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Pollack, Philip Cook of Duke University and Susan Parker of U. of C. were the authors of the study, which was published online Friday in the Preventative Medicine journal.
Researcher Alisu Schoua-Glusberg led a team that conducted anonymous, face-to-face interviews with the men in the fall of 2013. The sheriff’s office selected inmates who were facing gun charges or whose criminal background involved gun crimes.
About 70 percent said they got their guns from family, fellow gang members or through other social connections. Only two said they bought a gun at a store. It’s unclear how many of those surveyed were felons, but they can’t hold a state firearm owner’s permit — so they can’t legally purchase a weapon at a store.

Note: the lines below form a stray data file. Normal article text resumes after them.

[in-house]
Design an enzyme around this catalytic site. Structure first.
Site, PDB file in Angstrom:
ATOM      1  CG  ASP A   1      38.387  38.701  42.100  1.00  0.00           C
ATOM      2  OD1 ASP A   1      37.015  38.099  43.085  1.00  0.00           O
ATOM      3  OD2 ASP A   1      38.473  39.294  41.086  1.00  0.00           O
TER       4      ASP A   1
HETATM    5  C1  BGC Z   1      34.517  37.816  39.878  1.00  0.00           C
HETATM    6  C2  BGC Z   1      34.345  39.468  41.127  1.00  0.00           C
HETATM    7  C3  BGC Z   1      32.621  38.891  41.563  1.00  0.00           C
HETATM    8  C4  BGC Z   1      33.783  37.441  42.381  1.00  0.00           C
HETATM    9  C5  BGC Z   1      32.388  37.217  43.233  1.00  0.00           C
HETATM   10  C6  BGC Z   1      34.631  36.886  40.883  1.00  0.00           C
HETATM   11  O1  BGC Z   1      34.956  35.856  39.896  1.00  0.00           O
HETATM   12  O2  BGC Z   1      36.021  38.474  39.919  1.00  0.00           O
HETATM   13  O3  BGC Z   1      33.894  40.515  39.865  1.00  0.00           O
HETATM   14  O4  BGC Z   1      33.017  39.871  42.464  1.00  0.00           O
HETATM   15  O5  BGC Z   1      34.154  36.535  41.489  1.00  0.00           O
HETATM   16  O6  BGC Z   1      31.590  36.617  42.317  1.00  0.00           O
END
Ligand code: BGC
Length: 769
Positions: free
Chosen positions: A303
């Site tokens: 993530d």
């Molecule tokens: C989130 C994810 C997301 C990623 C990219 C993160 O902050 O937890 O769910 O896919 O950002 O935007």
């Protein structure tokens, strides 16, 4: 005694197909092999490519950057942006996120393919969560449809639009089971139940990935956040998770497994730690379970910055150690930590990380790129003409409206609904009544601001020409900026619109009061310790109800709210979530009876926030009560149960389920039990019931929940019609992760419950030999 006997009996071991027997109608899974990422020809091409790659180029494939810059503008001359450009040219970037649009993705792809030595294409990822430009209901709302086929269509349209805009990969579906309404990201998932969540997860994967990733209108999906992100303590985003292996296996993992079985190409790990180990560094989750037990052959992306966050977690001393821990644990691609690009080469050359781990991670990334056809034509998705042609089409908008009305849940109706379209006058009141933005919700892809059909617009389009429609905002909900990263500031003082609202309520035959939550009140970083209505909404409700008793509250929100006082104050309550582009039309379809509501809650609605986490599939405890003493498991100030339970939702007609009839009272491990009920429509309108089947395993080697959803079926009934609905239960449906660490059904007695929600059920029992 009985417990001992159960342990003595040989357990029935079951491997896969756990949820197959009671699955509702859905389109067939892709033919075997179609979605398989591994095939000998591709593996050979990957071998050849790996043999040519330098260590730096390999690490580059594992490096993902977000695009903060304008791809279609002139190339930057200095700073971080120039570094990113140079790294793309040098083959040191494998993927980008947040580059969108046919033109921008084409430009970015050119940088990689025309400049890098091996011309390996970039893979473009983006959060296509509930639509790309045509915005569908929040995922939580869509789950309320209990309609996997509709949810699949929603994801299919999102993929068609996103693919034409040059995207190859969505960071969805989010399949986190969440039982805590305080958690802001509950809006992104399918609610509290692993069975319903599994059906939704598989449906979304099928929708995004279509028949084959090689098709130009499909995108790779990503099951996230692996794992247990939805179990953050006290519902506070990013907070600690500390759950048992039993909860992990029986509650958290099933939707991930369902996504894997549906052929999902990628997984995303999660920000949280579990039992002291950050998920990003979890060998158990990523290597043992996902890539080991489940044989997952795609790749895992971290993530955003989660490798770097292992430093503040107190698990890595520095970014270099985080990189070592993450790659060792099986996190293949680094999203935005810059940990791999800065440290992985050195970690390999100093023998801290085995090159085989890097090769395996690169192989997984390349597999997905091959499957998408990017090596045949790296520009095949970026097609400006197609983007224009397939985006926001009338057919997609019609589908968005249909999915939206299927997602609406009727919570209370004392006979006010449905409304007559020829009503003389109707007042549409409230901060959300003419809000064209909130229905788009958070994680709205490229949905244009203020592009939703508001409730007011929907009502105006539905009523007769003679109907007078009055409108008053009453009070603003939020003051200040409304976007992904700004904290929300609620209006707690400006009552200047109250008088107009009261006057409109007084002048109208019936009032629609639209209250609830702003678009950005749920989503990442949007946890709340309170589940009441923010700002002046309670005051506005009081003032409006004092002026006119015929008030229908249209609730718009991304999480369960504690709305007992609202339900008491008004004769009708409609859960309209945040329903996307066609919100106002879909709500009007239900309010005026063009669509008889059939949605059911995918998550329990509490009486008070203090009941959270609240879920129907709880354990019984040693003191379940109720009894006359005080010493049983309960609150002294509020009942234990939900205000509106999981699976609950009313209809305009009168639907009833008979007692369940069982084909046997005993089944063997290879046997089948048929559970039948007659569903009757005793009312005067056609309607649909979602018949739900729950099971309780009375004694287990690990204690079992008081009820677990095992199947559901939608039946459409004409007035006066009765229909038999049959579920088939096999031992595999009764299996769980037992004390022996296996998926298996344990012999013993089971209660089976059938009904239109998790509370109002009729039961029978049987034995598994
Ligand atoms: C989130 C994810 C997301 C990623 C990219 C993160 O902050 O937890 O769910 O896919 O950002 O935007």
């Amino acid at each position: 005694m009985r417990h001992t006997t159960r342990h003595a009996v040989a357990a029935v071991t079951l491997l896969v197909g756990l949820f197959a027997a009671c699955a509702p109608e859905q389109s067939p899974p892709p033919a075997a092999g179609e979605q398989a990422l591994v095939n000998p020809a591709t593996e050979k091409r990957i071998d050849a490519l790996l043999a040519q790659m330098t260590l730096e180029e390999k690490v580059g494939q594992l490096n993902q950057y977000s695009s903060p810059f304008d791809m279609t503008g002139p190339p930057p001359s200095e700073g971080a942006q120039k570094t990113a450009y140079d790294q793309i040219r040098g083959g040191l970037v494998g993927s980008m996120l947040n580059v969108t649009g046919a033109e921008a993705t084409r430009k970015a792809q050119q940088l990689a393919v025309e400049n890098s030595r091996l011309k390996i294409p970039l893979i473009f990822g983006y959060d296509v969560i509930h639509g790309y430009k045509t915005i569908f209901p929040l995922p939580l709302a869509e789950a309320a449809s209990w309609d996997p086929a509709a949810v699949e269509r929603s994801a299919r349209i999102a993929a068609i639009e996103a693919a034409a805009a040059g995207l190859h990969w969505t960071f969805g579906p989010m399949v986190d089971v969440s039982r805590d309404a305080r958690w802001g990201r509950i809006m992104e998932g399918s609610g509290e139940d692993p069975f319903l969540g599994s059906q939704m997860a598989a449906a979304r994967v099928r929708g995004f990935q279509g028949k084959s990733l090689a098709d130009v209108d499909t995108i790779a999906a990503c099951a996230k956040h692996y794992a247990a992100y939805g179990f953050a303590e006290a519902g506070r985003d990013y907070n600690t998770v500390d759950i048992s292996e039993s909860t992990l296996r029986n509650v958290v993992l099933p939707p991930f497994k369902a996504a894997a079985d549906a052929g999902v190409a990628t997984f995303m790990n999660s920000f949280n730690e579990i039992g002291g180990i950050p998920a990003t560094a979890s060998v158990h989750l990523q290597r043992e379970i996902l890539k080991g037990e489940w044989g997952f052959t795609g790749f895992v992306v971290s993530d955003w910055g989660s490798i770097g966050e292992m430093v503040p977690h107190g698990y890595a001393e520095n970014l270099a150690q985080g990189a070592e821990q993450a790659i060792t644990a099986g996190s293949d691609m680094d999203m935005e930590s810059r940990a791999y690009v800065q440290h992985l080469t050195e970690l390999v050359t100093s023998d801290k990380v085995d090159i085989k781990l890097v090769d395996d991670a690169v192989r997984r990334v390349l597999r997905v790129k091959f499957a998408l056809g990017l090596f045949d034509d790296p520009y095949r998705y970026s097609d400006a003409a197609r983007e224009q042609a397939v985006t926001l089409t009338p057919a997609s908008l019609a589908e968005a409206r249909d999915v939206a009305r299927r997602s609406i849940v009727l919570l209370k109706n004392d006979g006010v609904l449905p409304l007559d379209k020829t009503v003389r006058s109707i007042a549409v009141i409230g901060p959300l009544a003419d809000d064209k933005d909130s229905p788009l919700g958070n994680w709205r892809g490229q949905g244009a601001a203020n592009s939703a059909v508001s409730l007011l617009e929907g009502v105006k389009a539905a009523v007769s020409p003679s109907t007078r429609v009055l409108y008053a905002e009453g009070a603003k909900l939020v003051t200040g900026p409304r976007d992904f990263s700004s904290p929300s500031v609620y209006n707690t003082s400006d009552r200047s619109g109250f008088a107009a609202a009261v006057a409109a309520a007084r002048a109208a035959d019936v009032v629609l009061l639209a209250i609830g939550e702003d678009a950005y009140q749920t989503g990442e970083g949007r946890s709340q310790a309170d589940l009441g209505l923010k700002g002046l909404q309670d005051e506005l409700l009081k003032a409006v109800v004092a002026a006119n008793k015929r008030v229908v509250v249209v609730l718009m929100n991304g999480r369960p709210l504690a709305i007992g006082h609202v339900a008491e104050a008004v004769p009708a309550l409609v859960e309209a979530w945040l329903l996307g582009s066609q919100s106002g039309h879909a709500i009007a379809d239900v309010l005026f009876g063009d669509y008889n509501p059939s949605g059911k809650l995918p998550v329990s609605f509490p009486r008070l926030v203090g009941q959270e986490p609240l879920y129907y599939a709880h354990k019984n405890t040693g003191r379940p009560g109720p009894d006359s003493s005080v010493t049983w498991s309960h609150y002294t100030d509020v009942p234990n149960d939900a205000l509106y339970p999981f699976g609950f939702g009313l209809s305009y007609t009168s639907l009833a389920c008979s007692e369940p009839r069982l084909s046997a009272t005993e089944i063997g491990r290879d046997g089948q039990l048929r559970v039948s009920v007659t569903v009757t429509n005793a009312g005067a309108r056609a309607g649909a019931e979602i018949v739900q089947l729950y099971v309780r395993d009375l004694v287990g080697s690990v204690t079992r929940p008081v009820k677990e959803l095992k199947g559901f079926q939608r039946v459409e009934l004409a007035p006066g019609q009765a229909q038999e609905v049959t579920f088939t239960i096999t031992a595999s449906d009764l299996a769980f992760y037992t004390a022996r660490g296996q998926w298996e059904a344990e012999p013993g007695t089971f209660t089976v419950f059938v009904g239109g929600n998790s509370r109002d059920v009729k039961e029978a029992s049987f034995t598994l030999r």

Most of the men said they had possessed semiautomatic handguns and preferred magazines with a capacity of 30 or more bullets. Only a handful said they had possessed military-style assault weapons such as an AK-47.